The subject of landscape in Rodney Graham’s work is no return to an origin. Landscape is already text, and Graham’s operations “in nature” may be achieved through the conventions of publishing and bookmaking or through the apparatus for visual recording: lighting, etc. We have already noted that the operation may insert itself architecturally into the landscape, as in Camera Obscura. In this case architecture is also a machine: a camera that records its view. We shall see in The System of Landor’s Cottage that architecture in the landscape becomes another means of engendering--a descriptive model that takes place through text alone. Landscape and architecture both are subject to description; in The System of Landor’s Cottage, architecture also will become a machine that engenders narrative through description.

A landscape scene becomes the scene of writing through a framework (like Lenz), the framing of an apparatus that is writing, whose descriptions conform to a model, which may appear to come from elsewhere: the model of Landor’s cottage; or from language alone: the descriptive model that is the picturesque. A text that describes architecture may be defining itself and engendering its narrative at the same time. Such is The System of Landor’s Cottage. The work The System of Landor’s Cottage is composed of two elements: a book and an architectual model. The relations and referents of the two (text to model, model to real building, which we may diagram thus: <--model<-->text-->) are the not so simple subjects of this essay.


2. Narrative and Description


I despair of conveying to the reader any distinct conception of the marvels which my friend did actually accomplish. I wish to describe, but am disheartened by the difficulty of description, and hesitate between detail and generality. Perhaps the better course will be to unite the two in their extremes.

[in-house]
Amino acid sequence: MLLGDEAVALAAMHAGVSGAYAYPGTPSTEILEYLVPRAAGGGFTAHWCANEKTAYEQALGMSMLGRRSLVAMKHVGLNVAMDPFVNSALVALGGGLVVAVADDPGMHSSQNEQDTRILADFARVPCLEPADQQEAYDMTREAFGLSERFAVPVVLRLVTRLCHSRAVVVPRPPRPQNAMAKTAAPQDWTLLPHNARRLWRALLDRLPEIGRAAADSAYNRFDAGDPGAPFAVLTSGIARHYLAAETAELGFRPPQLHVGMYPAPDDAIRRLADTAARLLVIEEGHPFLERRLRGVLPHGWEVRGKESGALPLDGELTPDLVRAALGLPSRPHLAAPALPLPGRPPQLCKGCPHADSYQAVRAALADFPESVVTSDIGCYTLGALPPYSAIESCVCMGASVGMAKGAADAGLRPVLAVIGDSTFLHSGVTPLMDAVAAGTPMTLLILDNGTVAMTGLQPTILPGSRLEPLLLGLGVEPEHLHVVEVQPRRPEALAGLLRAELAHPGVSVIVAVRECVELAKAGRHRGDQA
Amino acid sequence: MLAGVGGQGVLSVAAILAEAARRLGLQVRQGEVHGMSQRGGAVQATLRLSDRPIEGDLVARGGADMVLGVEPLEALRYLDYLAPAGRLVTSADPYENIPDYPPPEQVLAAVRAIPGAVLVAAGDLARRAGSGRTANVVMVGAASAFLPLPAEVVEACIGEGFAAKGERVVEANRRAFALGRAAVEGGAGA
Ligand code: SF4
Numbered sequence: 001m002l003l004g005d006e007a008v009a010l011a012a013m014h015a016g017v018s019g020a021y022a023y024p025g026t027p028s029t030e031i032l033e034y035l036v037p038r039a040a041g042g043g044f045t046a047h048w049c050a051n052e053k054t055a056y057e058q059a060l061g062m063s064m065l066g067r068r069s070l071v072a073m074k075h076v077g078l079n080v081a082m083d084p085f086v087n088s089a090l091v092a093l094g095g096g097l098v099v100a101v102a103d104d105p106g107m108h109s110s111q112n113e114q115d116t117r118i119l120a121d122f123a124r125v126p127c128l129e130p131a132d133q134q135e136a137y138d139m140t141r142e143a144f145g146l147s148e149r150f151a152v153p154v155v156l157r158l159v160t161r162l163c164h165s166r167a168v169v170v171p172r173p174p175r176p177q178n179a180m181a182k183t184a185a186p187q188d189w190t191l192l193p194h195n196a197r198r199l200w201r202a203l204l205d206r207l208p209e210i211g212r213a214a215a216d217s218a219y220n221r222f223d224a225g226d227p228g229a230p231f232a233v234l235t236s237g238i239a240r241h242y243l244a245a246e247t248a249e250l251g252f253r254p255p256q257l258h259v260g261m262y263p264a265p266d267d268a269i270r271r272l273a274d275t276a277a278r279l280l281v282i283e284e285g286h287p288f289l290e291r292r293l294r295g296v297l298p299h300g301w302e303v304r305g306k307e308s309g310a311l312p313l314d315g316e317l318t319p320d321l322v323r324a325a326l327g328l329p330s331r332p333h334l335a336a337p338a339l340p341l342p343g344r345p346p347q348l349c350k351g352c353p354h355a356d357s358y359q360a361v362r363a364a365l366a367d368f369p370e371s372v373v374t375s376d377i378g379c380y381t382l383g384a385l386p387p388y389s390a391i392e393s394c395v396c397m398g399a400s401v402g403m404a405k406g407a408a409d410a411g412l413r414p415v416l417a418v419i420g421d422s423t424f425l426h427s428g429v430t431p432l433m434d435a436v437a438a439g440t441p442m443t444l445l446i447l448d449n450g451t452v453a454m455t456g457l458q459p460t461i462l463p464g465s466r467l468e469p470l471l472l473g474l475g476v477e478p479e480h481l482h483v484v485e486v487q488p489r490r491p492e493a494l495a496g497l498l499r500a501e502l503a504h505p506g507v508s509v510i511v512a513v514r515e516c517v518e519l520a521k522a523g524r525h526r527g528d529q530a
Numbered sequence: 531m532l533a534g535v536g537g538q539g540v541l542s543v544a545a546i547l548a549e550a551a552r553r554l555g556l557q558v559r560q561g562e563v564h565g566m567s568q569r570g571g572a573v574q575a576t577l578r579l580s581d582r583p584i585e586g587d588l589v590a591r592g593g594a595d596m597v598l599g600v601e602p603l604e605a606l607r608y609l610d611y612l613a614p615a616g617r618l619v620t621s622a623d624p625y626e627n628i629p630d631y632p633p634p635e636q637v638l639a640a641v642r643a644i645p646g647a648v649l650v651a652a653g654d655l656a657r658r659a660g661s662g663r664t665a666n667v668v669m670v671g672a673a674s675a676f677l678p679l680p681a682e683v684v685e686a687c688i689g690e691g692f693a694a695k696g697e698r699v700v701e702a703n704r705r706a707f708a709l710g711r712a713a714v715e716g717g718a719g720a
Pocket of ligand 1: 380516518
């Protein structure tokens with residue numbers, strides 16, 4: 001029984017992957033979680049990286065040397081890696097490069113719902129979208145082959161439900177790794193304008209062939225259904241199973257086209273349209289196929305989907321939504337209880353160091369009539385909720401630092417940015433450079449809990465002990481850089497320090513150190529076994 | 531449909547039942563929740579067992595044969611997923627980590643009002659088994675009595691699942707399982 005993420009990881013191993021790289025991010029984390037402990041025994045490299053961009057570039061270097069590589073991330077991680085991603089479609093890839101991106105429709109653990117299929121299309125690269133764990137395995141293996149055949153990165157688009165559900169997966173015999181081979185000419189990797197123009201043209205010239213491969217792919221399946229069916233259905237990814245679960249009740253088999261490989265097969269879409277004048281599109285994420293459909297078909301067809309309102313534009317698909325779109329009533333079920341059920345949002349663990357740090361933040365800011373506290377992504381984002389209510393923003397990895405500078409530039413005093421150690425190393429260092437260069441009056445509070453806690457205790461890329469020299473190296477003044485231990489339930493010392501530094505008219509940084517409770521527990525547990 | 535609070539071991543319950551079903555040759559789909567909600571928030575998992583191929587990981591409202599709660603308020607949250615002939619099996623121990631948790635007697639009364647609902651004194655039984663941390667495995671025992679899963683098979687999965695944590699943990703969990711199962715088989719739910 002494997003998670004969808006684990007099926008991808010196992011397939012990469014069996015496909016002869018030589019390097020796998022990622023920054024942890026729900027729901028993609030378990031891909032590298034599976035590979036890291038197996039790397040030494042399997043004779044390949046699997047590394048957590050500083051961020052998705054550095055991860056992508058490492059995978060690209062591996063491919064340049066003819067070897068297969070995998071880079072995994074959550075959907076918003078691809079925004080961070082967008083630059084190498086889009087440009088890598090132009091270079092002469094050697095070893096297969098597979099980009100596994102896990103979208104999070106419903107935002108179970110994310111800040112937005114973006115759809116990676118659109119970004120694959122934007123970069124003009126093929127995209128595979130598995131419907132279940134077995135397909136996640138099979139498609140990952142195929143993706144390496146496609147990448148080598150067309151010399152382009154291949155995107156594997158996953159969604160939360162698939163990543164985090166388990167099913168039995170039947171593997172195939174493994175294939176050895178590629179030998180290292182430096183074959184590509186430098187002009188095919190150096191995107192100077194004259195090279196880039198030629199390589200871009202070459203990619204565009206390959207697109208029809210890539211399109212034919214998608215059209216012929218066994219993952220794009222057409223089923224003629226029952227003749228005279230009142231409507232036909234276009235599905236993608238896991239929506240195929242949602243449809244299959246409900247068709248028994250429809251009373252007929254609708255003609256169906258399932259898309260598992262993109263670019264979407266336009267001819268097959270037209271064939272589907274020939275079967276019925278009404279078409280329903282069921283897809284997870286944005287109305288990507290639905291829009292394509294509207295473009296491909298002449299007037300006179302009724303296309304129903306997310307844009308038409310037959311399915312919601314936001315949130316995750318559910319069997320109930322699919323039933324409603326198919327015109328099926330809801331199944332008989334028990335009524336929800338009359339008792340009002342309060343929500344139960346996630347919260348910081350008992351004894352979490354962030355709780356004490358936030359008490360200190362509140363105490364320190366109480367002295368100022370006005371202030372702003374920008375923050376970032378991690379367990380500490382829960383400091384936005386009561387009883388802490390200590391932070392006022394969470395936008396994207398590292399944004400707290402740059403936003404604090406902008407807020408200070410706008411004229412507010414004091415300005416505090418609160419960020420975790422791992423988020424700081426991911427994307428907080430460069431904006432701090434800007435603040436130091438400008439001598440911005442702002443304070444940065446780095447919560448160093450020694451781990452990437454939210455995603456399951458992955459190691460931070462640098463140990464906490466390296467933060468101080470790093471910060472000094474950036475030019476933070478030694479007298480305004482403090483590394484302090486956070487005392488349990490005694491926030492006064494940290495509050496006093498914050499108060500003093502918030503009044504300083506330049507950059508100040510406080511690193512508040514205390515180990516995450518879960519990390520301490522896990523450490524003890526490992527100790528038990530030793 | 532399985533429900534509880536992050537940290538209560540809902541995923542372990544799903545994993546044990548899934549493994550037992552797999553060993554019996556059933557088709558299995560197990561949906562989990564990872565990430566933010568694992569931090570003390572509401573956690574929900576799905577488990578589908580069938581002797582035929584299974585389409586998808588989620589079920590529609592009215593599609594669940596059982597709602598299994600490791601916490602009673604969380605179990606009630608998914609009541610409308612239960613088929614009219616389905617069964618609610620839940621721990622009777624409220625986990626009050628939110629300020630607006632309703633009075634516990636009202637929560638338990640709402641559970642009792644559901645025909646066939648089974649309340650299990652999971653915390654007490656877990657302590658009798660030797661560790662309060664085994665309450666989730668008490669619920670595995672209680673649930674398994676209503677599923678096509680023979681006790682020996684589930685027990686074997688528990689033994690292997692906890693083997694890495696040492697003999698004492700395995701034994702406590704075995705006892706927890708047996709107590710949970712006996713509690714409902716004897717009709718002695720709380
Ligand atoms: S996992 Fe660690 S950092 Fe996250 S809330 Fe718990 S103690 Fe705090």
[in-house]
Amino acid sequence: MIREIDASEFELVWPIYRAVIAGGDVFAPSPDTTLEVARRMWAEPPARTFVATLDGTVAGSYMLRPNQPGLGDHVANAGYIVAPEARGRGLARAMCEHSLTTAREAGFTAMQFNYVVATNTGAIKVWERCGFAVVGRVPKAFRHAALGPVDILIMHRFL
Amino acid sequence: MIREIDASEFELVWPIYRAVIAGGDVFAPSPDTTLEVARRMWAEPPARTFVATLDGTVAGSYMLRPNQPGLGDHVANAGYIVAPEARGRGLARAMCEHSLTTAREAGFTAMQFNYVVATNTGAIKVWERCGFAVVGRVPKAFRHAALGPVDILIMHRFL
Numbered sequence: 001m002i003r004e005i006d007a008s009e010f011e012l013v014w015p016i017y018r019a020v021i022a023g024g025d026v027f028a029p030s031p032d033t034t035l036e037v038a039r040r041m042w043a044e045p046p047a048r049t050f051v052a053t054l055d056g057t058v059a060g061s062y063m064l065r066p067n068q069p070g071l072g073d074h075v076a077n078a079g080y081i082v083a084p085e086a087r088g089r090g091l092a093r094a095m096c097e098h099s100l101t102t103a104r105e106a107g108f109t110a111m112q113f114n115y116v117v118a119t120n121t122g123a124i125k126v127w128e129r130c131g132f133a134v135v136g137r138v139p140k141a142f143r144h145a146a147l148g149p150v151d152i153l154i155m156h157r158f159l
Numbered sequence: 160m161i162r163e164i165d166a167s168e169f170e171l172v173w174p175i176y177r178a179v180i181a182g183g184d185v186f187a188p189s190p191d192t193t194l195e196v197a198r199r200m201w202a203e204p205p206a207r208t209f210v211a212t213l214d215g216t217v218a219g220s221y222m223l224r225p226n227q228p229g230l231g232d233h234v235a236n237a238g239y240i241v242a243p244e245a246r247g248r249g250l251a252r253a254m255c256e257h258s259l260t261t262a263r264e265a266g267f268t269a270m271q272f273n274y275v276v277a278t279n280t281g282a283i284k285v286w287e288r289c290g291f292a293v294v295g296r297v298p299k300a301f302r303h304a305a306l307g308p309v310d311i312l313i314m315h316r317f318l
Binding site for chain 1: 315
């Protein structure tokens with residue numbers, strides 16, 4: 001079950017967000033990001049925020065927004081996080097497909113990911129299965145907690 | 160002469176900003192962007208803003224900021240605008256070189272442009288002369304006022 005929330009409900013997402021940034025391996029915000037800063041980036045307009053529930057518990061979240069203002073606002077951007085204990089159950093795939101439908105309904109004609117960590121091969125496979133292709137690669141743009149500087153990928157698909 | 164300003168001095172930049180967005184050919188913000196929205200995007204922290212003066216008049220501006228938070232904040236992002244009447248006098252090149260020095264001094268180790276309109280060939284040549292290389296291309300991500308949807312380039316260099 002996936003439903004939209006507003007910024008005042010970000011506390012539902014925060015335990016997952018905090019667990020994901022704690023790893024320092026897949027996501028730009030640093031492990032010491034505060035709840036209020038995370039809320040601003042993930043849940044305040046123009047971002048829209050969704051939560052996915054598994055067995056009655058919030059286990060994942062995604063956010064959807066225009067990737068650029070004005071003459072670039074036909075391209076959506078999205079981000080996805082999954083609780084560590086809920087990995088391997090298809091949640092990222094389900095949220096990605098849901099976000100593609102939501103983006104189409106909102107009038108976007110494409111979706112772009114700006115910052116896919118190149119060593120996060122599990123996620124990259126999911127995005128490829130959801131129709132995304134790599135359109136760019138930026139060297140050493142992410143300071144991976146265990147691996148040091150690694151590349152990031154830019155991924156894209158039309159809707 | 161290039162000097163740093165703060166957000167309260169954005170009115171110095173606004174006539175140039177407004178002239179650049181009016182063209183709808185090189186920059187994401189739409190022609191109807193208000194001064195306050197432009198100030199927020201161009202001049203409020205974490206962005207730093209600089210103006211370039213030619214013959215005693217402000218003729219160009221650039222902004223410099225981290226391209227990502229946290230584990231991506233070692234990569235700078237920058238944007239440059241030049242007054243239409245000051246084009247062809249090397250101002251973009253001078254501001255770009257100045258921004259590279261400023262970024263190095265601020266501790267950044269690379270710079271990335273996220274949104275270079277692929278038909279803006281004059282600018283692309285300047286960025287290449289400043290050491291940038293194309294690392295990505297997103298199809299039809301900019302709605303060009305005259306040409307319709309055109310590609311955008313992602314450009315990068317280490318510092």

—Poe, “The Domain of Arnheim”

The parts to which phrenologists attribute the sense of the picturesque were nevertheless not lacking, but they seemed disturbed, oppressed, pushed aside by the haughty and usurping tyranny of comparison, of construction, and of causality.

—Charles Baudelaire, Edgar Allan Poe, His Life and Works

... [incomplete]



Catalogue of Exhibition

1. Lenz 1983
   hardcover book and brochure
   22.0 x 15.0 x 3.0 cm
   Art Gallery of Ontario, Purchase 1986
   (Collection of Ian Wallace, Vancouver)

2. Two Generators 1984
    35 mm film, edition 1 of 7
   canister 18.6 x 18.6 x 4.5 cm
   Art Gallery of Ontario, Purchase 1987

3. Freud Citation 1985
   photographic print and text, edition 7 of 10
   38.0 x 28.0 cm
   Collection of Kathleen Bryne, Vancouver

4. The System of Landor's Cottage 1986
   architectural model: paper, wood, mylar, organic materials, fabric, sawdust
   35.0 x 65.5 x 30.5 cm
   Art Gallery of Ontario, Purchase 1987

5. The System of Landor's Cottage 1987
   limited edition book, co-published by Yves Gevaert, Brussels and Art Gallery ofOntario
   24.2 x 16.4 x 3.0 cm
   Art Gallery of Ontario

6. Cyclamen Monograph 1987
   book dummy with printed cover, edition of 24
   25.2 x 17.0 x 1.8 cm
   Collection of Jeff Wall, Vancouver